Those gifted in the Leader role, on the other hand, are attracted to novel situations. They tend to be innovative, inspirational, and charismatic. But they also show predictable dysfunctions when lacking proficiency in the other roles. Visionary Leaders in particular tend to get too far out in front of others and become impatient with people who need more information or training to catch up, especially if these Leaders lack Nurturer/Companion-related skills. If Leaders lack the assertiveness associated with the Dominant role, they tend to become workaholics, because in their words: “it’s easier to do it myself.” They can also seem aloof and self-absorbed, especially when hyper-focused on the mission or goal.
Those gifted in Nurturer/Companion skills are great at making connections and gaining loyalty. They aren’t overtly aggressive. But they can create an incredibly toxic work environment when they lack the skills associated with the other roles. As masters of passive aggressive manipulation, these people act our anger and frustration in secretive yet increasingly virulent ways, making it hard for supervisors to catch difficulties in their earliest, most manageable stages. If Nurturer/Companions feel wronged in some way, they don’t address the issue directly. They hold grudges, gossip, and undermine people behind their backs. Eventually, they’ll pretty much refuse to communicate with the perceived offender, which can become quite a problem. Simply by giving one another the silent treatment, key staff members can make it hard for others to get their jobs done. Over time, factions are created with each side feeling undermined by the others.
Sentinels keenly observe social, procedural, and inter-departmental dynamics in relation to how the organization interacts with the environment, culture, and economy. But people who over-identity with this role can become exceedingly aloof and detached, mostly because they have to stand apart from the group to gain that perspective. When lacking in leadership and dominance skills, they can become hyper-vigilant and problem-focused without offering solutions or helping to intervene in conflict or create new policies and procedures. If you offend or devalue such a person, he or she is likely to withhold information and watch you struggle as a result, sometimes swooping in to benefit from your subsequent failure.
It’s important to realize that in most situations, a person acting out in any of these ways is not defective or innately ruthless; he or she is overemphasizing a role. A supervisor who employs the Master Herder model can take several steps to help “difficult” people replace dysfunctional behaviors with more productive responses to various challenges. In this effort, a manager or executive coach will help individuals:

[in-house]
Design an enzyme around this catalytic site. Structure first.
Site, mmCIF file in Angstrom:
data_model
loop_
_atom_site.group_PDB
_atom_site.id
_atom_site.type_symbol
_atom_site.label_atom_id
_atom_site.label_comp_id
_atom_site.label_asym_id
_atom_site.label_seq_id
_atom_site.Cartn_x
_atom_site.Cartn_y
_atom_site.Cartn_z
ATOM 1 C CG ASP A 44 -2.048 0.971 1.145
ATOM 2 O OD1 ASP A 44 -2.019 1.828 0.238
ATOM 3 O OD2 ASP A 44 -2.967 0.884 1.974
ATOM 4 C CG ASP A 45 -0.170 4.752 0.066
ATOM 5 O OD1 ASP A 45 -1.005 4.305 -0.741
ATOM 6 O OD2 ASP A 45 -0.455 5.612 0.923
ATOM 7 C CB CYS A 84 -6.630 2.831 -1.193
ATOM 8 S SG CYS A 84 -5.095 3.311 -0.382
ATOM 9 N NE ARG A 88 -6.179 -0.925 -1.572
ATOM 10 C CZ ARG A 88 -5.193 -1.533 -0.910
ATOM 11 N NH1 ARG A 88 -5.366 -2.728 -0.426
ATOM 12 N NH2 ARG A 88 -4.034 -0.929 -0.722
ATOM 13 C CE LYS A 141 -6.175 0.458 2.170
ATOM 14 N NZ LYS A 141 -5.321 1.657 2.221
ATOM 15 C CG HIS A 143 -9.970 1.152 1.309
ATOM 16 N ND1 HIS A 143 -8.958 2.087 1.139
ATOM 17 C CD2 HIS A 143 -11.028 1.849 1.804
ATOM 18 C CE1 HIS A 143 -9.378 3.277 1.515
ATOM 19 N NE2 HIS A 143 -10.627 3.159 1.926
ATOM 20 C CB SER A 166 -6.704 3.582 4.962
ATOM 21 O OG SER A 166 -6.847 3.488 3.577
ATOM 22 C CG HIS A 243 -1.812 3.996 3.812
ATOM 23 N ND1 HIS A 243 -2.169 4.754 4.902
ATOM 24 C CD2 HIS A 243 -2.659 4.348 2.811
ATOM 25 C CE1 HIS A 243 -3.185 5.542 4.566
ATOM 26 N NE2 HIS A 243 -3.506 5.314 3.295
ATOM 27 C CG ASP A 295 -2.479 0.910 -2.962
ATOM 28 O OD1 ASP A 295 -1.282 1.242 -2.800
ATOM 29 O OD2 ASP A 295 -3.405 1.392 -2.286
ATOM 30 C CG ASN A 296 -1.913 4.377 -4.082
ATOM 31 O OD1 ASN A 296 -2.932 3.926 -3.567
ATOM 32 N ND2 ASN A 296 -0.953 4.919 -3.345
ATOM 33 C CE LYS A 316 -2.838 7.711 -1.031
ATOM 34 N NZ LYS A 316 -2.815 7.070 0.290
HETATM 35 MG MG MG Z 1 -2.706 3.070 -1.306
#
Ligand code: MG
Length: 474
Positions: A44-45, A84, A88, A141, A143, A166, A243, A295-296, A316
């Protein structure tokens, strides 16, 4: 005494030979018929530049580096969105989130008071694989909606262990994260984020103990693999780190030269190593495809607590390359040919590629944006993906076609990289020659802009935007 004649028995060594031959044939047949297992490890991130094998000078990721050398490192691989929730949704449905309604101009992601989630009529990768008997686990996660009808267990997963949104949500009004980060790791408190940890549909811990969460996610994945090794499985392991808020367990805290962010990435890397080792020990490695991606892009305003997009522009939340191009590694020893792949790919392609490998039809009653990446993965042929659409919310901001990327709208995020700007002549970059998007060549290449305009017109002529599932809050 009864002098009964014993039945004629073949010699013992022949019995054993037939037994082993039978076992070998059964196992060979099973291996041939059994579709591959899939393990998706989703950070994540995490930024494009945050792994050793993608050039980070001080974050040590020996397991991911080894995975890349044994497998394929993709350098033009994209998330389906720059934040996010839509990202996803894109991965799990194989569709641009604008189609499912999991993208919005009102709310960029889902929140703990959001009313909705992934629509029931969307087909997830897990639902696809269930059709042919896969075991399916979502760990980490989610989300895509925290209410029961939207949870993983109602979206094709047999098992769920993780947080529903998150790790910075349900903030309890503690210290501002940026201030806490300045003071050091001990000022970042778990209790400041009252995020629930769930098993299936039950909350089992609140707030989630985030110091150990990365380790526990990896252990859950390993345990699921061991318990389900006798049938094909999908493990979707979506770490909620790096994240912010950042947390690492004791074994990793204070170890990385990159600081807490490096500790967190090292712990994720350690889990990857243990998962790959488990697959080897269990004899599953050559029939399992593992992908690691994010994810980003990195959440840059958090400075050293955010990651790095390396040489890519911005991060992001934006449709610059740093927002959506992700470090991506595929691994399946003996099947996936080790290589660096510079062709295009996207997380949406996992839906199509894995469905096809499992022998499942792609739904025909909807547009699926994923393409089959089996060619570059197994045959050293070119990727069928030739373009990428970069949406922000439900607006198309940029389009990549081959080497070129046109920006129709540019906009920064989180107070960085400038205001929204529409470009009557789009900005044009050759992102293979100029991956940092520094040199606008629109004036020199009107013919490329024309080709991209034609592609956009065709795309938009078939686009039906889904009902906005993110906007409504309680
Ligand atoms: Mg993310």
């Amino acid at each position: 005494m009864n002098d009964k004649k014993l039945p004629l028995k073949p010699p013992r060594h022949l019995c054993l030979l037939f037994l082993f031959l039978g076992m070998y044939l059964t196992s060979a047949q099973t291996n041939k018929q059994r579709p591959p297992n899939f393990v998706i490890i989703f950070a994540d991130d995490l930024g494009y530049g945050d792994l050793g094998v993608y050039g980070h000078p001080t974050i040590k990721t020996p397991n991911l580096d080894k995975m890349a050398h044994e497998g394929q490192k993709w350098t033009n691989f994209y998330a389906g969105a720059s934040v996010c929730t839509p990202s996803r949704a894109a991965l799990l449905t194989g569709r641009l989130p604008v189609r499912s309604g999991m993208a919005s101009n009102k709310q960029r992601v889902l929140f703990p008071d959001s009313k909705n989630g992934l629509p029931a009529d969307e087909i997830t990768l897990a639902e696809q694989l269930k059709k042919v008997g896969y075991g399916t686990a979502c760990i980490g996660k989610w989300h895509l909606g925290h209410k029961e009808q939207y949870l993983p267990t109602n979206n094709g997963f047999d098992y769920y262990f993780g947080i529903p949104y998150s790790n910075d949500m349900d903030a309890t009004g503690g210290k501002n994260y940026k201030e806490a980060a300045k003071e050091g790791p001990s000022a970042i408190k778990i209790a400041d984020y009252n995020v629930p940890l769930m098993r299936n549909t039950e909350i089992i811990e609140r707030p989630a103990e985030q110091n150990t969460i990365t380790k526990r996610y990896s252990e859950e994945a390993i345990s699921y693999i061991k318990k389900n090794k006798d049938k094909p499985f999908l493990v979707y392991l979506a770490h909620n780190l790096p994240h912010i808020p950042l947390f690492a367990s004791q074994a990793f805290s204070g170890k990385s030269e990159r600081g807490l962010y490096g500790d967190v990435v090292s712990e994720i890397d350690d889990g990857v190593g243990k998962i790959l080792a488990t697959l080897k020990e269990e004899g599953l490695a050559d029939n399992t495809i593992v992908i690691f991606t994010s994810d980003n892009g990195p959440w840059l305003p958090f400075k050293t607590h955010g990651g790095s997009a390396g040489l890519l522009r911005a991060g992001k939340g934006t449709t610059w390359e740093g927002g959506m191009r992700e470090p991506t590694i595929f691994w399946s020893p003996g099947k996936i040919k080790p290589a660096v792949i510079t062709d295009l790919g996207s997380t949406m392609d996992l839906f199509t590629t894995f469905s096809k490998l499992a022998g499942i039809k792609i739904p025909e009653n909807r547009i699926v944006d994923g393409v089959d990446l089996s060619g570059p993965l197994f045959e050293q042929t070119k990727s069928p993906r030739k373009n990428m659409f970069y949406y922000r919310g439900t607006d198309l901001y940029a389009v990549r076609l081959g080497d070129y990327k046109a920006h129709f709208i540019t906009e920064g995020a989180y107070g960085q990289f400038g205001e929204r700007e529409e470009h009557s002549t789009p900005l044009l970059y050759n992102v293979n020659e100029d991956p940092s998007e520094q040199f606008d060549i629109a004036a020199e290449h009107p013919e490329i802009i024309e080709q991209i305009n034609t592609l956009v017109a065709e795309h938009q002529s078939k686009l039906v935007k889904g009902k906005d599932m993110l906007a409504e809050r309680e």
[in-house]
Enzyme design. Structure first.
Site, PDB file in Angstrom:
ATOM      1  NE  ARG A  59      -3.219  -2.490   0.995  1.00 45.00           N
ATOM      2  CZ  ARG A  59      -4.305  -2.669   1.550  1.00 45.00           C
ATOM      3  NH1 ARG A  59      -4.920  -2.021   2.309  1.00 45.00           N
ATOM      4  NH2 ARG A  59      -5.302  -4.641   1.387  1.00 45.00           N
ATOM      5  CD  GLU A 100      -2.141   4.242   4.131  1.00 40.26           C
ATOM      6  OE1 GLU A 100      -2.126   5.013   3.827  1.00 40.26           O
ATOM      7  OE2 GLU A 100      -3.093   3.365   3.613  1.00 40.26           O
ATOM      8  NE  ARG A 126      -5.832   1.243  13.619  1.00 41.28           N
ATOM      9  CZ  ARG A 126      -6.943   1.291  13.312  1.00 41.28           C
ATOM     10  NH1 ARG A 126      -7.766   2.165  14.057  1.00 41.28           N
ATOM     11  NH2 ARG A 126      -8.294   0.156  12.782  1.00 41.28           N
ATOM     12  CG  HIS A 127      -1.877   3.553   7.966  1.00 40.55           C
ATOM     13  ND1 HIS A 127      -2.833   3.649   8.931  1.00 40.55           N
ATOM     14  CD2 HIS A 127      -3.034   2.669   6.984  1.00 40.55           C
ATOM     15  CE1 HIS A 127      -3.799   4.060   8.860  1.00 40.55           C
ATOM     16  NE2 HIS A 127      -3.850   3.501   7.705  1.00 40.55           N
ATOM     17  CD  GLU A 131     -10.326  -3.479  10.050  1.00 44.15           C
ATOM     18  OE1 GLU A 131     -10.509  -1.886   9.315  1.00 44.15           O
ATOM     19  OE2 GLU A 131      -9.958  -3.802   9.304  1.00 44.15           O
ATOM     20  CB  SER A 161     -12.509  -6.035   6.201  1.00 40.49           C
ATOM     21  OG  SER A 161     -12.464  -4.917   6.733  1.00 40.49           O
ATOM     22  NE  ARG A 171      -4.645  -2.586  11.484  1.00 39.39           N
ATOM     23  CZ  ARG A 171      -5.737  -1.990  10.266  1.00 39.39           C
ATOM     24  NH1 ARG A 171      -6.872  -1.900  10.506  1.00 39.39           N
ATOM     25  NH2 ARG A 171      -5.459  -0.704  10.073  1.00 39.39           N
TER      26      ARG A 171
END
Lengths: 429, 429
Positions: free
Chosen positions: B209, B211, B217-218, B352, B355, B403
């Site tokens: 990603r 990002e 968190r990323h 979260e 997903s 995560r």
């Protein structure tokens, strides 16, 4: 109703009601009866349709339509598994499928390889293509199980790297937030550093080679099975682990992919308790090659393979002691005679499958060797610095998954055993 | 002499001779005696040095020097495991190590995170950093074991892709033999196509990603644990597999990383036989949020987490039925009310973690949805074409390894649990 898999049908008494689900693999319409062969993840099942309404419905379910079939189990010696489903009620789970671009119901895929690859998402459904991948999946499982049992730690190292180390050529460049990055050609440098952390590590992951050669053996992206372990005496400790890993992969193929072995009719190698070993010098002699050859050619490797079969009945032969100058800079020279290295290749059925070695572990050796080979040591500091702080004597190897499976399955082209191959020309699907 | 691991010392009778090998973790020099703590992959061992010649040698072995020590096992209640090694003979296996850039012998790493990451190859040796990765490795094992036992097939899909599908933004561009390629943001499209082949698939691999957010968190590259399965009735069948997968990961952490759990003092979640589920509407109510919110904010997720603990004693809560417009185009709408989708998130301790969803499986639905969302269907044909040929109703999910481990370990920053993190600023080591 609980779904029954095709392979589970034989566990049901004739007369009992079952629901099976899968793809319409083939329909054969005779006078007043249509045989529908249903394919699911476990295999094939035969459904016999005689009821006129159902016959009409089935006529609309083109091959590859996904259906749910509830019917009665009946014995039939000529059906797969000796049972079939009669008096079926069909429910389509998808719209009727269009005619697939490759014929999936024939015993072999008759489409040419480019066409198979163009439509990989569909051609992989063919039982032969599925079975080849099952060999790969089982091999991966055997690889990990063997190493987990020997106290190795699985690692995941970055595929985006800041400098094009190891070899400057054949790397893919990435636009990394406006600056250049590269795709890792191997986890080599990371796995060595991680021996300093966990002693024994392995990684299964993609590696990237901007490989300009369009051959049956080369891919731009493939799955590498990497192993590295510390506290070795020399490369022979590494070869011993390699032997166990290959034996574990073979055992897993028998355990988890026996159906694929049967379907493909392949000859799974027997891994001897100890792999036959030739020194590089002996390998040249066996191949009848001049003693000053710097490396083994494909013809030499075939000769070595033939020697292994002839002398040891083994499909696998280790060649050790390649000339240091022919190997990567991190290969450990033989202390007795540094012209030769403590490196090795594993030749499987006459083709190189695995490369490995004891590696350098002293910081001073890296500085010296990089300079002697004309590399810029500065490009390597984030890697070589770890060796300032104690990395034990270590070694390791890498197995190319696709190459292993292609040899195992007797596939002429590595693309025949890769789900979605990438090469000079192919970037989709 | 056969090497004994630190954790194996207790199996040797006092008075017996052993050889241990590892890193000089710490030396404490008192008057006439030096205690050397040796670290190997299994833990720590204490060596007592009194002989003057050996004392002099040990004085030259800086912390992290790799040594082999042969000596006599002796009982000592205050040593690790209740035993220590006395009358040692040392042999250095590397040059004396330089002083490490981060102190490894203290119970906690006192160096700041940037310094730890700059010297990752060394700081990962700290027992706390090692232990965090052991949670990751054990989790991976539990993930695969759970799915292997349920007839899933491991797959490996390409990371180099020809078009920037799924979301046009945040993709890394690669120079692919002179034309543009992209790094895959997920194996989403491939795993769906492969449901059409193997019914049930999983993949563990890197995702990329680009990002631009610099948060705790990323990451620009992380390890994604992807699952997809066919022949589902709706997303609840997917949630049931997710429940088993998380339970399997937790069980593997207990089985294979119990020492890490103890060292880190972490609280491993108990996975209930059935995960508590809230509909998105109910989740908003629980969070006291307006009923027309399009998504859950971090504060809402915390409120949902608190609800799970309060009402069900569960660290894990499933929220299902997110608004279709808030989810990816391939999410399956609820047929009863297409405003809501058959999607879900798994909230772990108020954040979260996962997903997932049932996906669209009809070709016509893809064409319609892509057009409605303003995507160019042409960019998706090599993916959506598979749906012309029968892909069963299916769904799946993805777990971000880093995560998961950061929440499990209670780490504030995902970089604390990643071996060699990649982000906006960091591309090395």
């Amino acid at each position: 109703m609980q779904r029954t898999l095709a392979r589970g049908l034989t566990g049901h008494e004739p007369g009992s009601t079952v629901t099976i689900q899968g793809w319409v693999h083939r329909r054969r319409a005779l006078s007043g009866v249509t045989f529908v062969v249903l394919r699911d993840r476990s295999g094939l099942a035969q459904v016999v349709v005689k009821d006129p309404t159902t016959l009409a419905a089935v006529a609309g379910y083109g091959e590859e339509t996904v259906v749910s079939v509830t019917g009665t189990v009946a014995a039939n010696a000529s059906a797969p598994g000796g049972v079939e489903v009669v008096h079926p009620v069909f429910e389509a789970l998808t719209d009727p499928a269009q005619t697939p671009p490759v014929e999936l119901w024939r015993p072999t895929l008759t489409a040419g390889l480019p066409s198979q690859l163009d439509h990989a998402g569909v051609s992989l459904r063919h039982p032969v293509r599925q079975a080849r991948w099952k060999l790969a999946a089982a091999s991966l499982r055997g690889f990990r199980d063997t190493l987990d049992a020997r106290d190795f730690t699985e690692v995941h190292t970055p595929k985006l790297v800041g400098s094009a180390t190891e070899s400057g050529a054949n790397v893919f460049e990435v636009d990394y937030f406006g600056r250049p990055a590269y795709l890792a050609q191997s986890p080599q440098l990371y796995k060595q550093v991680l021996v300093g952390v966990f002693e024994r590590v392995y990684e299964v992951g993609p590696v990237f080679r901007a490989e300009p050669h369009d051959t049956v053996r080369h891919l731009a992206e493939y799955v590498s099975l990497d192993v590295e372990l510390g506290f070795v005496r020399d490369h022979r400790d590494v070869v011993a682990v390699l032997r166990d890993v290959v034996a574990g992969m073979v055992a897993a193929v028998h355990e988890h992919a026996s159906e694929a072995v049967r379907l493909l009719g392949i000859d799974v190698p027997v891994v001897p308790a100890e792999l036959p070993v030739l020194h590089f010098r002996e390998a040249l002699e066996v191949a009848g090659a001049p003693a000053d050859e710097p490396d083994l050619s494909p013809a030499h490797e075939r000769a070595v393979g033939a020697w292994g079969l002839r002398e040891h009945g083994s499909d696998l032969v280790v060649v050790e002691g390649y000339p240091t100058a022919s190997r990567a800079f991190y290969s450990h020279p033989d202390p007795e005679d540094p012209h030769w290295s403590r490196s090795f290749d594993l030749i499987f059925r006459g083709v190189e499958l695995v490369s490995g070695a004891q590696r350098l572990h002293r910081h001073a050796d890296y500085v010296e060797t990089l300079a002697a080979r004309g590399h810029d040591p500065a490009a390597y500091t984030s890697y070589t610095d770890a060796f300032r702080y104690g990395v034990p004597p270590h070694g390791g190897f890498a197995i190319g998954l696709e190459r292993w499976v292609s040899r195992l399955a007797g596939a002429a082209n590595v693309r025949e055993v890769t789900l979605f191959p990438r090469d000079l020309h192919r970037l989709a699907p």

Recognize the benefits of the role they are overemphasizing, and, perhaps more importantly, learn when and how to use these benefits consciously.
Recognize the challenges and dysfunctional behaviors that arise from overemphasizing the role.
Learn when and how to employ the strengths of the other roles to replace the dysfunctional behavior.
The book outlines the benefits and challenges of each role and offers case studies of how to recognize and utilize all five roles in the modern tribes of your workplace, family, and other social organizations.
7. How would you sum up the importance of this model in leading change professionally and culturally?
The Five Roles of a Master Herder helps you make sense of previously confusing group dynamics, while helping people to develop a mature, balanced, mutually empowering approach to leadership and life. This ancient yet surprisingly innovative model helps us navigate change, handle conflict, and support innovation that serves the individual as well as the group, and perhaps most importantly, the health and well being of all species and countless generations to come.
What more could we possibly ask for in this time of unprecedented, potentially dangerous, mind-bending possibility?
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Linda Kohanov’s equine-based books have sold more than 163,000 copies. Through her company Eponaquest Worldwide, established to explore the healing potential of working with horses, she teaches internationally on subjects including leadership, social intelligence, and stress reduction. She lives near Tucson, Arizona.